Indeed, the Supreme Court ruling pared back the more sweeping opinion issued by the United States Court of Appeals for the Third Circuit, in Philadelphia, which said the First Amendment did not allow public schools to punish students for speech outside school grounds.
“Unlike the Third Circuit,” Breyer wrote, “we do not believe the special characteristics that give schools additional license to regulate student speech always disappear when a school regulates speech that takes place off campus. The school’s regulatory interests remain significant in some off-campus circumstances.”
From a crisis communications standpoint, the case also reinforces that schools must continue to make social media a priority. It’s certainly not going away. Here are some of our best practices for social media use – before the crisis, in assessing the threat posed by social media posts and for effective response.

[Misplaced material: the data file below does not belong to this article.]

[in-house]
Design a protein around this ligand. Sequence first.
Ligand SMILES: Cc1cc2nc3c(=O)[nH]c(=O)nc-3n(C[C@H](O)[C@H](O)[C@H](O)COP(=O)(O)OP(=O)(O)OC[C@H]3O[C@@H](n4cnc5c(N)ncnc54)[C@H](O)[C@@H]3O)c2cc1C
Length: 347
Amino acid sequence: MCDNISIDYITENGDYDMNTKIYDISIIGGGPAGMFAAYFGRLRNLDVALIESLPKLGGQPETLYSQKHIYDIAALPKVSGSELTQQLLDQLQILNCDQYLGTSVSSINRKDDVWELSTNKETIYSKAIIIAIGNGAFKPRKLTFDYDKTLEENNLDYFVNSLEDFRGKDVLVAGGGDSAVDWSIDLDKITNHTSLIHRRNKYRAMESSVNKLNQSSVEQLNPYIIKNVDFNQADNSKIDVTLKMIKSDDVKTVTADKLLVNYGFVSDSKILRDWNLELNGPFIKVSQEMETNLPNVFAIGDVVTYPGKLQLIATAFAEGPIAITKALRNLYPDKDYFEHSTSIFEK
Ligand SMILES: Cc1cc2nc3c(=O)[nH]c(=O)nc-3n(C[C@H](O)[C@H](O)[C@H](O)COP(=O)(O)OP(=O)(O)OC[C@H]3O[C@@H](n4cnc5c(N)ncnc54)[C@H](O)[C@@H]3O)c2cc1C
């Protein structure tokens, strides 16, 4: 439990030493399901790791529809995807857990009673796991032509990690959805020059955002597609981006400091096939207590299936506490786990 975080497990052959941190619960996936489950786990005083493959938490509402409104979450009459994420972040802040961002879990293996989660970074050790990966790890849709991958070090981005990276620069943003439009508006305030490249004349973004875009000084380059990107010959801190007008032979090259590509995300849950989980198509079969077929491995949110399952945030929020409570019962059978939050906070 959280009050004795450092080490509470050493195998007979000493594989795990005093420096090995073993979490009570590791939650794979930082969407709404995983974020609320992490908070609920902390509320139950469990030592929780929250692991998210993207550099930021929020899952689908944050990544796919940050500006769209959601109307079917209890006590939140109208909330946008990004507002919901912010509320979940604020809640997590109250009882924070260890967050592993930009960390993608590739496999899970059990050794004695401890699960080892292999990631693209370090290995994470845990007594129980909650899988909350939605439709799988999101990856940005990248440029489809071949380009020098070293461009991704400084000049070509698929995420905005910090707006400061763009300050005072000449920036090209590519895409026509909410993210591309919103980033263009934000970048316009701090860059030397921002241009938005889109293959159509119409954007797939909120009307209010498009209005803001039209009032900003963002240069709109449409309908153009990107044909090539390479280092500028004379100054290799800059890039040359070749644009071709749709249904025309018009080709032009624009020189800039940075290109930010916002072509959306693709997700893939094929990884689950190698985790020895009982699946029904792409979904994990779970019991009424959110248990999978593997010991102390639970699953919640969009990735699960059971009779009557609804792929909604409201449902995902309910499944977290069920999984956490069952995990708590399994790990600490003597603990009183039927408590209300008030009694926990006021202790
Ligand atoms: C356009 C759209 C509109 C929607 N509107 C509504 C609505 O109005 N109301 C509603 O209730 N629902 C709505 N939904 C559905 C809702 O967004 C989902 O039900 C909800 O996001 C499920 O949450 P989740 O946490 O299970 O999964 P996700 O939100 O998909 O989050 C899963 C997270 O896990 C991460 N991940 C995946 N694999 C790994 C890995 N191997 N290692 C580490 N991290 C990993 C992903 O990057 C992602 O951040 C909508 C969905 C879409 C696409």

Know where your audience lives. Are the people who care most about your school more likely to be on Facebook, Twitter, Instagram, your own website, all of the above? You can’t get to your key stakeholders during a crisis if you don’t know where they are.
Secure your accounts. Make sure your social media accounts aren’t subject to being hacked or hijacked.
Make certain you can access Facebook, Twitter and other social media platforms yourself, at a moment’s notice. Especially if you’ve outsourced that work to third-party marketing or PR firms. If they’ve activated multifactor authentication (a recommended secondary layer of security to make it more difficult for your account to be hacked), you may find yourself unable to access those accounts, even if you have the screen name and password.